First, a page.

Songwriters: Make Your Demos Really Pop!
Okay. You’ve written good songs and now it is time to record demos of them. You know that a demo doesn’t need to be perfect, but it has to be good enough to sell your songs to a publisher or be placed in film or TV by a music supervisor. The success of a song reaching the ears of the many will ride on a number of factors, including having a demo that really sells your song, a demo whose vocal is wisely calculated. Here’s how to get it there...
The Song That Doesn’t Sell
If your demo’s vocal isn’t stylistically believable, the song won’t sell itself. Good songwriting will be obscured, and possibly passed over, when a music supervisor or publisher listens to a song that has off-pitch, weak vocals or vocals that are stylistically incompatible with the music. For example, say you’ve written an R&B song and hope it will be sung by Christina Aguilera. But when you record the demo, your vocal sounds like an old-style cabaret singer with overly precise word articulation and a loose, wide vibrato. Result: The style of your song will be eclipsed and most likely passed over.
Who Will Sing Your Song?
When a publisher listens to a demo, if s/he can’t envision a certain artist singing it, chances are slim that s/he’ll pick it up and submit it to an artist for consideration. With that in mind, as you write a song or revise it after it has been written, evaluate the style of your song and match it to one or several possible artists you believe could sing it. This brings us to some important steps that many skip entirely or skimp on in their haste to demo and submit their songs.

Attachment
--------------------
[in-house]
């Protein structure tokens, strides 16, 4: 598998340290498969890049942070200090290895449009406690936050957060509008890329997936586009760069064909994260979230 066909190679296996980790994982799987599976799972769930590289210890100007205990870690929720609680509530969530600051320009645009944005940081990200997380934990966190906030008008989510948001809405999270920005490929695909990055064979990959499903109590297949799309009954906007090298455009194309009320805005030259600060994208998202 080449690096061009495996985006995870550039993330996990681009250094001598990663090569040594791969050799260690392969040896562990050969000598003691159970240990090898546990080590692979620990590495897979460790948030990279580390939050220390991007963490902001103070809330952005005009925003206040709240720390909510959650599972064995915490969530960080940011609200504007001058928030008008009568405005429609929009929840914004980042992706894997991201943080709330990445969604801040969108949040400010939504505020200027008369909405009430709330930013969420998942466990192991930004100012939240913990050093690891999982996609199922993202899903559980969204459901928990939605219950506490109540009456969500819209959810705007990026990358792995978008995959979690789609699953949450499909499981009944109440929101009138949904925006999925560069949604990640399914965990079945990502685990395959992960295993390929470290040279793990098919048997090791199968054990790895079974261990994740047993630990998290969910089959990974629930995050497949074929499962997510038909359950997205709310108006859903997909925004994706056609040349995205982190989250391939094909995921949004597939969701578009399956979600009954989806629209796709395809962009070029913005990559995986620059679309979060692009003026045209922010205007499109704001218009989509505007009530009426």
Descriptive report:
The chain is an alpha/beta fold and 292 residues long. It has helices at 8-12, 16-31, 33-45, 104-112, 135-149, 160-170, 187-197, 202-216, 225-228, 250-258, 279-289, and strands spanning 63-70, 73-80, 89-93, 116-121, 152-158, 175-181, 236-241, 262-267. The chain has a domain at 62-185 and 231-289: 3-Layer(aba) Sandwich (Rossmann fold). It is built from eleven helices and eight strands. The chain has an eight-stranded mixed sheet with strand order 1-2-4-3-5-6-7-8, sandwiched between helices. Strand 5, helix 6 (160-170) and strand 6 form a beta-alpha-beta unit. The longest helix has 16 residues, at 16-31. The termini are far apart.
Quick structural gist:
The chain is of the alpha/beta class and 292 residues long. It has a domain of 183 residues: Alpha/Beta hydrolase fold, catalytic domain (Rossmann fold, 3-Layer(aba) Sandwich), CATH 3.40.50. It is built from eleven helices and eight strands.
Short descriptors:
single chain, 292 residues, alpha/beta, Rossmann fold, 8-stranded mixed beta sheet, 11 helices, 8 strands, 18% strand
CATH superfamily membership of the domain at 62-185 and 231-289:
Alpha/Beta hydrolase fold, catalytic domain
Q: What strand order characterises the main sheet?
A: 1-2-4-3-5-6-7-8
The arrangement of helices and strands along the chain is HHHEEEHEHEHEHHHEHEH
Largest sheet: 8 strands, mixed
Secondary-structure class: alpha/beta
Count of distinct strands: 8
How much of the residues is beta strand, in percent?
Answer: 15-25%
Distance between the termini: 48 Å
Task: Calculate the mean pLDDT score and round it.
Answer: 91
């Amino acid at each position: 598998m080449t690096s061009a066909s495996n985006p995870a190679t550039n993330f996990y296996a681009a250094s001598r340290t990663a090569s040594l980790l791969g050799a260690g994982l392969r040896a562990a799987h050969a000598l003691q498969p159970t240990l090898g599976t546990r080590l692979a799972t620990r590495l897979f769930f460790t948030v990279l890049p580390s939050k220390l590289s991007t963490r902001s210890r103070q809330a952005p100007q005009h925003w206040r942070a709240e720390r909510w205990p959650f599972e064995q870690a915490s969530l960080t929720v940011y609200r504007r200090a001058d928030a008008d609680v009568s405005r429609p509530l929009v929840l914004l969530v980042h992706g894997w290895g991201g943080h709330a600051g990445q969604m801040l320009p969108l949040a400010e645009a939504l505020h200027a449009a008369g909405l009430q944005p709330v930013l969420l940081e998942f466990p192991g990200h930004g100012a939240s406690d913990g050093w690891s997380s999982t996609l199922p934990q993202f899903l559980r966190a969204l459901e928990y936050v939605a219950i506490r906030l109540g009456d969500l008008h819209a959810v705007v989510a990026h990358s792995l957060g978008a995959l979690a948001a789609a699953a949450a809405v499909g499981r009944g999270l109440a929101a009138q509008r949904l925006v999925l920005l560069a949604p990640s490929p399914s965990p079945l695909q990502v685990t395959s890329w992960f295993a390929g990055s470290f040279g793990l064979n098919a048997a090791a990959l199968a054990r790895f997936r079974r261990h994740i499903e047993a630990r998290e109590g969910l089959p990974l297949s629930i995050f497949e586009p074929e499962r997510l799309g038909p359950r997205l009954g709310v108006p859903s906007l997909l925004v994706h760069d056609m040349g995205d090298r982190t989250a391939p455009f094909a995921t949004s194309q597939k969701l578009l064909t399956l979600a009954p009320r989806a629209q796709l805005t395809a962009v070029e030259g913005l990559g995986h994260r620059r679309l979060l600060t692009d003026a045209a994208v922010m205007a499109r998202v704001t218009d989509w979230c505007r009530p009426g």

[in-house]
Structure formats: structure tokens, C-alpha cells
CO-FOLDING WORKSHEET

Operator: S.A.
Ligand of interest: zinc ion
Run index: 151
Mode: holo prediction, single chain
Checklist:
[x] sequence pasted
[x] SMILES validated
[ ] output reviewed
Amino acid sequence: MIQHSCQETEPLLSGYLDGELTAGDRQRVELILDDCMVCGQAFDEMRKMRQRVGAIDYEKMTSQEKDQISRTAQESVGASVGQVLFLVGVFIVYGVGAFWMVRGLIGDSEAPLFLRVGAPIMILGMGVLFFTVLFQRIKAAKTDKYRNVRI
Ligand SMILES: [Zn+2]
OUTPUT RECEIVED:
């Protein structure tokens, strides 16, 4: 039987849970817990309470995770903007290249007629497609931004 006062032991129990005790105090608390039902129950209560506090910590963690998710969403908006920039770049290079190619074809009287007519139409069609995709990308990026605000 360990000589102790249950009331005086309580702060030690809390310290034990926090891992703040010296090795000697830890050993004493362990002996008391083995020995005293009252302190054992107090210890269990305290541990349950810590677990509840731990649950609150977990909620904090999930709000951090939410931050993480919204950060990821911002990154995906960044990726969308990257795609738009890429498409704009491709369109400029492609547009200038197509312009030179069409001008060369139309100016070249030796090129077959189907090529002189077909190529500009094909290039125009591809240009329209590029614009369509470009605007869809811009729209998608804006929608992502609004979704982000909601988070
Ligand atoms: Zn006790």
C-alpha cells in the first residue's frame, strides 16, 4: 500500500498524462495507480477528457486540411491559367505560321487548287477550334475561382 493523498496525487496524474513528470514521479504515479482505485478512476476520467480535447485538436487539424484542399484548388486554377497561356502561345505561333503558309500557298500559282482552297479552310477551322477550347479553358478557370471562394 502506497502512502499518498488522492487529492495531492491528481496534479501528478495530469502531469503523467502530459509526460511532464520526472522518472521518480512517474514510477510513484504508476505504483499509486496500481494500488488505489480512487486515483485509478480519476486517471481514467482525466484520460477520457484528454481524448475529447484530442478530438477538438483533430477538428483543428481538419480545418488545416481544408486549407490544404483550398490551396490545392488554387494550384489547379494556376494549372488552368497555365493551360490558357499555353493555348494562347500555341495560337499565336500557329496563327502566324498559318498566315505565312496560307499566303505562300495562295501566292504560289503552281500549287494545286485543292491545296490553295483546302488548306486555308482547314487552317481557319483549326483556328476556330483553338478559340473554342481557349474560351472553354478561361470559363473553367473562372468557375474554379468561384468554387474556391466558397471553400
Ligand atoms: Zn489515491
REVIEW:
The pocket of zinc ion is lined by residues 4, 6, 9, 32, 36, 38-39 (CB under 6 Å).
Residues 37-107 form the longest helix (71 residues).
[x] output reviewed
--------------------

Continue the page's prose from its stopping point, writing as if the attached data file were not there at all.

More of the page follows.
Do Your Research
Before you write a song that you hope to have sung and recorded by specific artists, spend time listening to a cross-section of their currently released material to find out: Are there any particular keys or types of melodies they favor? How much or how little vocal range do they tend to use? Do they use mostly single syllable or multi-syllabic words? Are there any characteristic ways they use their voice, such as certain vowel sounds for their peak or climatic notes? Is their vocal bluesy, belting or whispery? Do they use much sustain? Do you hear a certain recurring manner of rhythmic phrasing or a use of embellishments?
Identify all this before you write your song or revise it, so you’ll compose music and lyrics that are stylistically consistent. You will also discover if you have the vocal skill to sing on your demo or if you should have a talented singer record it.
Prep Your Vocals
If you plan to sing on your demo, doing this simple exercise before you record will help you to improve your sound. Sing the melody of your song without lyrics, phrase by phrase, using a simple vowel sound such as “Ah,” “Ee” or “Eh.” Don’t connect the notes with an “h.” Instead, keep your vowel pronunciation consistent as you slowly and smoothly sing each phrase.
Doing this has several benefits. 1) By removing the lyrics, you’ll focus on the musical flow of the melody and this will bring to attention any possible musical edits you deem stylistically necessary. 2) Your voice is the vowel sounds (not the consonants of words). This exercise can help to improve your tone and pitch accuracy, because it requires you to work the sound of your voice only. 3) Singing the melody with a single vowel exercises your vocal muscles so you can sing more easily. Once you’ve done this (over and over) to your satisfaction, sing the song with lyrics and notice any improvements. At this point you can begin to stylize your voice to suit the intended artist or song placement.